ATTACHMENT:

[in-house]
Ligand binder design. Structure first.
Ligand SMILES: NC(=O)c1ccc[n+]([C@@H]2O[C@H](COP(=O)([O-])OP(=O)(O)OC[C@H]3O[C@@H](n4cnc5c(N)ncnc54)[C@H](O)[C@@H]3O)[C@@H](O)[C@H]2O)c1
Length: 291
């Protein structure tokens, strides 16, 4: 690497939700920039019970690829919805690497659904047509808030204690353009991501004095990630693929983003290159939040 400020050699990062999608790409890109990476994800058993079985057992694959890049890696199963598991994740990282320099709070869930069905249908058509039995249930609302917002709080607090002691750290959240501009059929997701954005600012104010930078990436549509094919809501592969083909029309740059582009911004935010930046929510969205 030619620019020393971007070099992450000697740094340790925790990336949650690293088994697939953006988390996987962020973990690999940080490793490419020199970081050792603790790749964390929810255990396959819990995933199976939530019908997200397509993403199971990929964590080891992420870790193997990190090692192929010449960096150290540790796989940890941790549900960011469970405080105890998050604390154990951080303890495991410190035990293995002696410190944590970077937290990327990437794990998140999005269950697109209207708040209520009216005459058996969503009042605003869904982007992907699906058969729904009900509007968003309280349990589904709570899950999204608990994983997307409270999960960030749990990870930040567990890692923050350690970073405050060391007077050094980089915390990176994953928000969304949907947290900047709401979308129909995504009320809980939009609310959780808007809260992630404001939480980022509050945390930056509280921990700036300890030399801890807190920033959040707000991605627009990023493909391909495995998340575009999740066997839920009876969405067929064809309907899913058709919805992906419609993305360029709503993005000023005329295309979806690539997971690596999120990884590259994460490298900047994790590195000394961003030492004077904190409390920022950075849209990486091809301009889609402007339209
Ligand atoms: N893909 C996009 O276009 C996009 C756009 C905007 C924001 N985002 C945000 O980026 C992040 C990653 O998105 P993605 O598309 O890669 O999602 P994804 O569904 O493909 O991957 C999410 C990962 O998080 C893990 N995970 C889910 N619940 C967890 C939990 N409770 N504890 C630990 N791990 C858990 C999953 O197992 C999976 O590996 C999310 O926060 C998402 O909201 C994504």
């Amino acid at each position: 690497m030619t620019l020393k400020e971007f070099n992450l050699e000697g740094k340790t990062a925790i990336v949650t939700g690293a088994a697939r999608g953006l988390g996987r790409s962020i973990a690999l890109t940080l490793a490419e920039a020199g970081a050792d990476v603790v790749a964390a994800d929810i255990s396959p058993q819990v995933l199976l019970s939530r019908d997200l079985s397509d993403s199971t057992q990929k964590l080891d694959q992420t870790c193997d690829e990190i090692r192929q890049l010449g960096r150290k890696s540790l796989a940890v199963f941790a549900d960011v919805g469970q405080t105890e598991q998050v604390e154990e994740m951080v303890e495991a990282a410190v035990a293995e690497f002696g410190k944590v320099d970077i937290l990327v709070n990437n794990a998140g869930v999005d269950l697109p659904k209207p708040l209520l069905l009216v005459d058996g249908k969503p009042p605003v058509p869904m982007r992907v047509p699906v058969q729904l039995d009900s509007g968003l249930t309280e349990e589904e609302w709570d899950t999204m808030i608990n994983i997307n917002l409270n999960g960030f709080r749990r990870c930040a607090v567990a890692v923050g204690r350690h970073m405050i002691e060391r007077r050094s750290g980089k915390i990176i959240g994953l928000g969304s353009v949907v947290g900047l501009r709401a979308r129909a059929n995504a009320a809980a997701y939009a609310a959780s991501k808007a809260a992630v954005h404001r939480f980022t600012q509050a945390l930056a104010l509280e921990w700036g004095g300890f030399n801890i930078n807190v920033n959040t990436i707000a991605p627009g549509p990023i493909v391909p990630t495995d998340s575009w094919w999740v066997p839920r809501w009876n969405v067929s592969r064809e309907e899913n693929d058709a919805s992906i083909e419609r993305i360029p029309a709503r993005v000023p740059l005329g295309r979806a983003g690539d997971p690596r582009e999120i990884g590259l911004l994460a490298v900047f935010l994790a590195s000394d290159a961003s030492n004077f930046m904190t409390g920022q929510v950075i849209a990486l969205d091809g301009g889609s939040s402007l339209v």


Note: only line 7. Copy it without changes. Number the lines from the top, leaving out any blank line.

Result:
């Amino acid at each position: 690497m030619t620019l020393k400020e971007f070099n992450l050699e000697g740094k340790t990062a925790i990336v949650t939700g690293a088994a697939r999608g953006l988390g996987r790409s962020i973990a690999l890109t940080l490793a490419e920039a020199g970081a050792d990476v603790v790749a964390a994800d929810i255990s396959p058993q819990v995933l199976l019970s939530r019908d997200l079985s397509d993403s199971t057992q990929k964590l080891d694959q992420t870790c193997d690829e990190i090692r192929q890049l010449g960096r150290k890696s540790l796989a940890v199963f941790a549900d960011v919805g469970q405080t105890e598991q998050v604390e154990e994740m951080v303890e495991a990282a410190v035990a293995e690497f002696g410190k944590v320099d970077i937290l990327v709070n990437n794990a998140g869930v999005d269950l697109p659904k209207p708040l209520l069905l009216v005459d058996g249908k969503p009042p605003v058509p869904m982007r992907v047509p699906v058969q729904l039995d009900s509007g968003l249930t309280e349990e589904e609302w709570d899950t999204m808030i608990n994983i997307n917002l409270n999960g960030f709080r749990r990870c930040a607090v567990a890692v923050g204690r350690h970073m405050i002691e060391r007077r050094s750290g980089k915390i990176i959240g994953l928000g969304s353009v949907v947290g900047l501009r709401a979308r129909a059929n995504a009320a809980a997701y939009a609310a959780s991501k808007a809260a992630v954005h404001r939480f980022t600012q509050a945390l930056a104010l509280e921990w700036g004095g300890f030399n801890i930078n807190v920033n959040t990436i707000a991605p627009g549509p990023i493909v391909p990630t495995d998340s575009w094919w999740v066997p839920r809501w009876n969405v067929s592969r064809e309907e899913n693929d058709a919805s992906i083909e419609r993305i360029p029309a709503r993005v000023p740059l005329g295309r979806a983003g690539d997971p690596r582009e999120i990884g590259l911004l994460a490298v900047f935010l994790a590195s000394d290159a961003s030492n004077f930046m904190t409390g920022q929510v950075i849209a990486l969205d091809g301009g889609s939040s402007l339209v």